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Wonderful story on the Hale telescope

November 11, 2008

Last night we watched two engaging PBS specials, great reminders of what television can be when it isn’t constrained by purely commercial limitations.

The first of the two PBS programs I saw was a historical documentary that overlapped Hale’s life… American Experience: The Crash Of 1929.  But that is the subject of another post, which I’ll write tonight – if you want to watch it online in the meantime.

The second was Journey To Palomar; America’s first journey into space, the story of George Edmund Hale and three telescopes that he built.  Hale was fascinated by the sun, and by questions about the universe for which we had no answers.  Our understanding of the cosmos is literally pre-Wilson/Palomar and post-Wilson/Palomar.  It was a break-point in human history.

As a child I was fascinated by the 200-inch reflecting telescope at Mt. Palomar, but this excellent documentary laid out a much deeper back story, including the technological and cultural spinoffs from the Mt. Wilson observatory.  It is available on video, and will surely be broadcast again. I think you can watch it online as well, though I don’t have the right codecs in my Linux machine. (Should be fine on a Mac or PC.) There’s also an excellent downloadable .pdf teacher’s guide. 

I had known little of Hale himself, or the fact that despite his extraordinary achievements he struggled with mental illness all his life.  His greatest creation was interrupted by World War II and he never lived to see its completion.  The ‘perfect machine’ was described as a ‘500-ton Swiss watch’ and literally remade the human conception of the cosmos – and our place in it.

The Mt. Wilson and Hale telescopes pushed human knowledge forward in other ways too, because entirely new technologies had to be invented for them.  There is a progression, and no shortcuts.  You can’t have Hale without Mt. Wilson – intractable problems had to be solved for each one.  You can’t have Keck without Hale, plus the invention of lasers, fiber optics, satellites, and the Internet.  I guess we never know where the next step will take us…

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  1. Still Me
    November 12, 2008 at 21:00 | #1

    I looked at the website for the Crash of 1929 program, and I was really surprised to see how the description of each chapter eerily reflects what’s happened to the current stock market in the past couple months.  Made me not want to watch it, for it hits so close to home! (I’ll leave you to convince me otherwise.)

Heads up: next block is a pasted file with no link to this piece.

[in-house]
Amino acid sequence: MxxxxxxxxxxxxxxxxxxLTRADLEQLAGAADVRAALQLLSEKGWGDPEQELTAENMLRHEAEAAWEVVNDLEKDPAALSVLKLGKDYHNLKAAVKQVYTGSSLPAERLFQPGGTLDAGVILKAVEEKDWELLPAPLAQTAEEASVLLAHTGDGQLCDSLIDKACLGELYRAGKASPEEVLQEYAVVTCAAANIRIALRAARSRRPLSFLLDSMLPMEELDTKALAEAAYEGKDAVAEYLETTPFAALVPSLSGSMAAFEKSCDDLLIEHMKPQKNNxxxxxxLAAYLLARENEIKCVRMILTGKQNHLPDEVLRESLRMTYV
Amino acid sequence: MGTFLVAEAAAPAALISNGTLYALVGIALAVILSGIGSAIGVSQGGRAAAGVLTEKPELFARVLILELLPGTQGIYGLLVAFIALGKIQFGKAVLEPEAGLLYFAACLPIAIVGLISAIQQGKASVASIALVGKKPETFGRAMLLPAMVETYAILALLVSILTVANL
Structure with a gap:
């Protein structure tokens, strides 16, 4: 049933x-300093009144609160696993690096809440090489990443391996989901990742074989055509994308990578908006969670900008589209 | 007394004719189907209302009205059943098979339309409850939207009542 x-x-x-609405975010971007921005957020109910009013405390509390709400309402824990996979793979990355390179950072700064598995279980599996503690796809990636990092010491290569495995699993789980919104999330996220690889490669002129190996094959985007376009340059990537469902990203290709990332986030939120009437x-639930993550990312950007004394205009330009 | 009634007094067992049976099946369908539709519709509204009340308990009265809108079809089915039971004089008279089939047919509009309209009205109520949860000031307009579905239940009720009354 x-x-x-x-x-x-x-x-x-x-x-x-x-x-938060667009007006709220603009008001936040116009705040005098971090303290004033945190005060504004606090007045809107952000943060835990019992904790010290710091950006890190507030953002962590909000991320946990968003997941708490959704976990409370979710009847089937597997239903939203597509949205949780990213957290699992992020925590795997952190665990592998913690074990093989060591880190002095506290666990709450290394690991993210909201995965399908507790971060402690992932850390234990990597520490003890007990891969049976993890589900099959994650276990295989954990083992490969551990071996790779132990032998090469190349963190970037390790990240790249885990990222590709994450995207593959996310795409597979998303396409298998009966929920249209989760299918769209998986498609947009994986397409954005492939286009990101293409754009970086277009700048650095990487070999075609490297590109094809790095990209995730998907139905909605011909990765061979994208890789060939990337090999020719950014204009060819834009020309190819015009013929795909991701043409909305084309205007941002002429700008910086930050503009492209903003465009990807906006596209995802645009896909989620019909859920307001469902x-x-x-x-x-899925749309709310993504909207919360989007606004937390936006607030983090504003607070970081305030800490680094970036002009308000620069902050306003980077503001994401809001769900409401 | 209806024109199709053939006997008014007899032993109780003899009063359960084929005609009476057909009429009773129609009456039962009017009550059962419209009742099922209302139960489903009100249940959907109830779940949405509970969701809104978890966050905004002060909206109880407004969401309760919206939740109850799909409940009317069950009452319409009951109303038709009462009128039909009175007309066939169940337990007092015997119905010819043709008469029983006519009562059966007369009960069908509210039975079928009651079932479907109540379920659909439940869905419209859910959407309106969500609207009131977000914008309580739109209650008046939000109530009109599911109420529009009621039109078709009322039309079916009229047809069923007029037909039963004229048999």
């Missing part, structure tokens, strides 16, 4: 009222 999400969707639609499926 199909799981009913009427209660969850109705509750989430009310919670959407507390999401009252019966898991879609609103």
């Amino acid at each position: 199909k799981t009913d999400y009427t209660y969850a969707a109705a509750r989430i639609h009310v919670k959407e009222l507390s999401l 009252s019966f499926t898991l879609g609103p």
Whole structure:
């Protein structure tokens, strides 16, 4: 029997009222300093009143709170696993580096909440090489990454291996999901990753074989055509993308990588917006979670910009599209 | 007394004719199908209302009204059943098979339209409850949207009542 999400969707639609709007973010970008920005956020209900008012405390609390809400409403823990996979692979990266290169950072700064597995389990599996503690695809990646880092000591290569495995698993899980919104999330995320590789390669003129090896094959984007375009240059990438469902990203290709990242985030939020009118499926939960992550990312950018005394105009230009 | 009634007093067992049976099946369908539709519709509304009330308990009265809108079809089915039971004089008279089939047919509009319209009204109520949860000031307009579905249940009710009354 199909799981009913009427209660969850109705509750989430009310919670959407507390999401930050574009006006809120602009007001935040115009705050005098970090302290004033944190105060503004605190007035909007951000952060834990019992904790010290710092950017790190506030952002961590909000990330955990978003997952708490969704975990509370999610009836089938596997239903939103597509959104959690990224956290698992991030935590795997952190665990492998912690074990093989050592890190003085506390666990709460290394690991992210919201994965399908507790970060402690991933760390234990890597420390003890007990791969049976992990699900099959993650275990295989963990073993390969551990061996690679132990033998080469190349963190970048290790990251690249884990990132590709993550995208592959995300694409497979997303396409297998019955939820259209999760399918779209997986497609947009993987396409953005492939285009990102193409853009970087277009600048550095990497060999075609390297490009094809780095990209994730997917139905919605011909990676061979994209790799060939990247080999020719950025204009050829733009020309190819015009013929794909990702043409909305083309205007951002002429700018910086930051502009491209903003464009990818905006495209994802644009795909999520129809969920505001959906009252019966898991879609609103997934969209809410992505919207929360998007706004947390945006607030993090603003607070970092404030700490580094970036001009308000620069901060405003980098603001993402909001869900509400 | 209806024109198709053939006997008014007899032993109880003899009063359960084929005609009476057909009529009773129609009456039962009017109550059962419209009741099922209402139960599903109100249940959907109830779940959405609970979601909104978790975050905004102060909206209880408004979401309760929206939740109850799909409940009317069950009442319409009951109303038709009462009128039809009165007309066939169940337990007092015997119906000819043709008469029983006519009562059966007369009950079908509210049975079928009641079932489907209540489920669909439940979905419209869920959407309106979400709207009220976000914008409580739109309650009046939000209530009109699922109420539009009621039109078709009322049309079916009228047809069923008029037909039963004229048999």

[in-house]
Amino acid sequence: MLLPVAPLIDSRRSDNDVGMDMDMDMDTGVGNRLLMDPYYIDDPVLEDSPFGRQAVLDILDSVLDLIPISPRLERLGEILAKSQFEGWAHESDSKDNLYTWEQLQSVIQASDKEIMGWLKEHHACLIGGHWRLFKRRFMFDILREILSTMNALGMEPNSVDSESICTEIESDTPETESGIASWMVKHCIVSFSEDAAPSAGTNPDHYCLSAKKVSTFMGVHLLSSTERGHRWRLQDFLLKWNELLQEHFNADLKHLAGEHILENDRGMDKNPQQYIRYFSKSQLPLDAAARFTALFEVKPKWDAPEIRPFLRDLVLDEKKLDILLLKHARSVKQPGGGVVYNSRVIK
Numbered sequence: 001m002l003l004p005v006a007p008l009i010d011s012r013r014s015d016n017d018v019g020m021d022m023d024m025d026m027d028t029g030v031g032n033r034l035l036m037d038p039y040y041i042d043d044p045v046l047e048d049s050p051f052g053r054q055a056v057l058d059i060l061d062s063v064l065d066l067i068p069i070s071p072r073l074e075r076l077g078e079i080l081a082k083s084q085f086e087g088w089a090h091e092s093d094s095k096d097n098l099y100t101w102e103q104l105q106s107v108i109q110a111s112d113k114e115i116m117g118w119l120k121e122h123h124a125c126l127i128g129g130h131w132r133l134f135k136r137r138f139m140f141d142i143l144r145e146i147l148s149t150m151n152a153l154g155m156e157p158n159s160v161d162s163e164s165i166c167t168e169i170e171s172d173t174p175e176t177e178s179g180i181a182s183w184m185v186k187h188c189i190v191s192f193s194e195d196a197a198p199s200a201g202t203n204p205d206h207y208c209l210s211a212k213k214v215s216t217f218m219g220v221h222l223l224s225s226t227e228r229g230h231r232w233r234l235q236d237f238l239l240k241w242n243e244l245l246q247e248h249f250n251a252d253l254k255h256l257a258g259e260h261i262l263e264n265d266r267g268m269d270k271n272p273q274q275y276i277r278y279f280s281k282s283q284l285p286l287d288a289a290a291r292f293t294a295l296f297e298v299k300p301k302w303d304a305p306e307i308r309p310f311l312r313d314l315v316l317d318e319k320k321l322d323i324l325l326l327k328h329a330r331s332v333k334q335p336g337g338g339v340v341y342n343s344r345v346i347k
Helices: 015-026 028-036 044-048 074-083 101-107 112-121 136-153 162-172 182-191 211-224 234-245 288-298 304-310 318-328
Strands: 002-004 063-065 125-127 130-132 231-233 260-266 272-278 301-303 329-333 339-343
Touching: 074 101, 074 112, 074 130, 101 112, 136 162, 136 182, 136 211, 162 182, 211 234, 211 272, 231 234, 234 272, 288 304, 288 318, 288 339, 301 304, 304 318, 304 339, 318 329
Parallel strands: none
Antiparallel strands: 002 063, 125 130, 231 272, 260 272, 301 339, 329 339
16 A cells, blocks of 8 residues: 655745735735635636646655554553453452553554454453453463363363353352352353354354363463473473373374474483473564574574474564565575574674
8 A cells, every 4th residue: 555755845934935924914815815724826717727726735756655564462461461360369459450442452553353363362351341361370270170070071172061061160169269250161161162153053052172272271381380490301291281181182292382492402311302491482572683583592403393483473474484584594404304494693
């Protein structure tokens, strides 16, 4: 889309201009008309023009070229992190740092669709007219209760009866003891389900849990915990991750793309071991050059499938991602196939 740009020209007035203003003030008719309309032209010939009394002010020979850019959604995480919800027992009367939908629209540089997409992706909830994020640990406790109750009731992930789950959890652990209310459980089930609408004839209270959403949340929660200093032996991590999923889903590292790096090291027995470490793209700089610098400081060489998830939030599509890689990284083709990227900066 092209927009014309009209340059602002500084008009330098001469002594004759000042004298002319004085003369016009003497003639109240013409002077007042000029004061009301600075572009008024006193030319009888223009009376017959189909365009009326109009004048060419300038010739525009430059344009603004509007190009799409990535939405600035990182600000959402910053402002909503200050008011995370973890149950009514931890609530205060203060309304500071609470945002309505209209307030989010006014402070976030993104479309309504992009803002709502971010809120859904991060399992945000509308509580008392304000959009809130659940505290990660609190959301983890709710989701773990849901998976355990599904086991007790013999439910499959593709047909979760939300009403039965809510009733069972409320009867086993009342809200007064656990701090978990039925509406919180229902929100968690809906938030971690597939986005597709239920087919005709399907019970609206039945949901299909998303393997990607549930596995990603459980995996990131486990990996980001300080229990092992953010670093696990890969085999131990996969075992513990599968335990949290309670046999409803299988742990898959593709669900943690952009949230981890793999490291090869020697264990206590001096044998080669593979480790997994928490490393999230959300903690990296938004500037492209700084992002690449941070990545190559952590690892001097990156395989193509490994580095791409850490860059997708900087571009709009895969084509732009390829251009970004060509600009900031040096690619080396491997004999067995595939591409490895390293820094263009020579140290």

2. Still Me
    November 12, 2008 at 21:08 | #2

    Oh, and I agree what comes out of PBS is very often truly remarkable.  I recently watched a Nature program, in which they talk about raptors of all sorts, put tiny cameras on some of them, and compare them to various high-performance military planes.  They talk about the adaptations of the birds to high-speed flight.  I am a bit familiar with falconry and yet I learned an awful lot and enjoyed it immensely. One of the things that has always struck me was how dedicated and enthusiastic the falconers are. It’s a labor of love. (As is, I’d imagine, the film-making process that produced it.)

  3. November 12, 2008 at 22:29 | #3

    Made me not want to watch it, for it hits so close to home! (I’ll leave you to convince me otherwise.)

    Can’t do that – I had the same uneasy feeling watching the show.  It was really unnerving. Notice I have not written about it yet.

    Was it Eagles?  I wonder if NetFlix has Nature episodes.  I’ve been thinking about getting an account.

  4. Still Me
    November 12, 2008 at 22:42 | #4

    The episode was Raptor Force

    It just so happens to be photographed, partly, in my area.  The opening shots regarding peregrines and the shots involving bald eagles are right up here in my neck of the woods, so be sure to pay attention to the gorgeous Upper Mississippi River bluff scenery.  Also, the guy who owns the Harpy eagle is a world-class wildlife filmmaker whom I can honestly say I have had the chance to meet (briefly).

    The Nature episode called White Falcon, White Wolf is also excellent; the images of the arctic, with their spartan plant life, stark terrain, and muted colors, are so gorgeous to a very visual person such as me (myself? I?).

  5. November 12, 2008 at 22:51 | #5

    All right, dammit, that does it.  I just found out NetFlix has pages and pages full of Nature, Nova, and American Experience.  I’m going to start looking at plans.

    It must be amazing to watch someone interact with an eagle.  I have read that birds are a lot smarter than we’ve always thought, parrots, raptors, and especially corvids.

    Here’s a picture I took last year of a turkey vulture – not a bird of prey, but still magnificent and MrsDoF and I stood and watched it soaring over the Mississippi at Hannibal for the longest time…

  6. Still Me
    November 12, 2008 at 22:58 | #6

    I think they are considered birds of prey, albeit dead prey.

    You might try to get over to Turkey Run State Park in Indiana (S. of Crawfordsville) next summer if you are in that area.  You’ll see lots of TVs.  They have gone south for the winter already.

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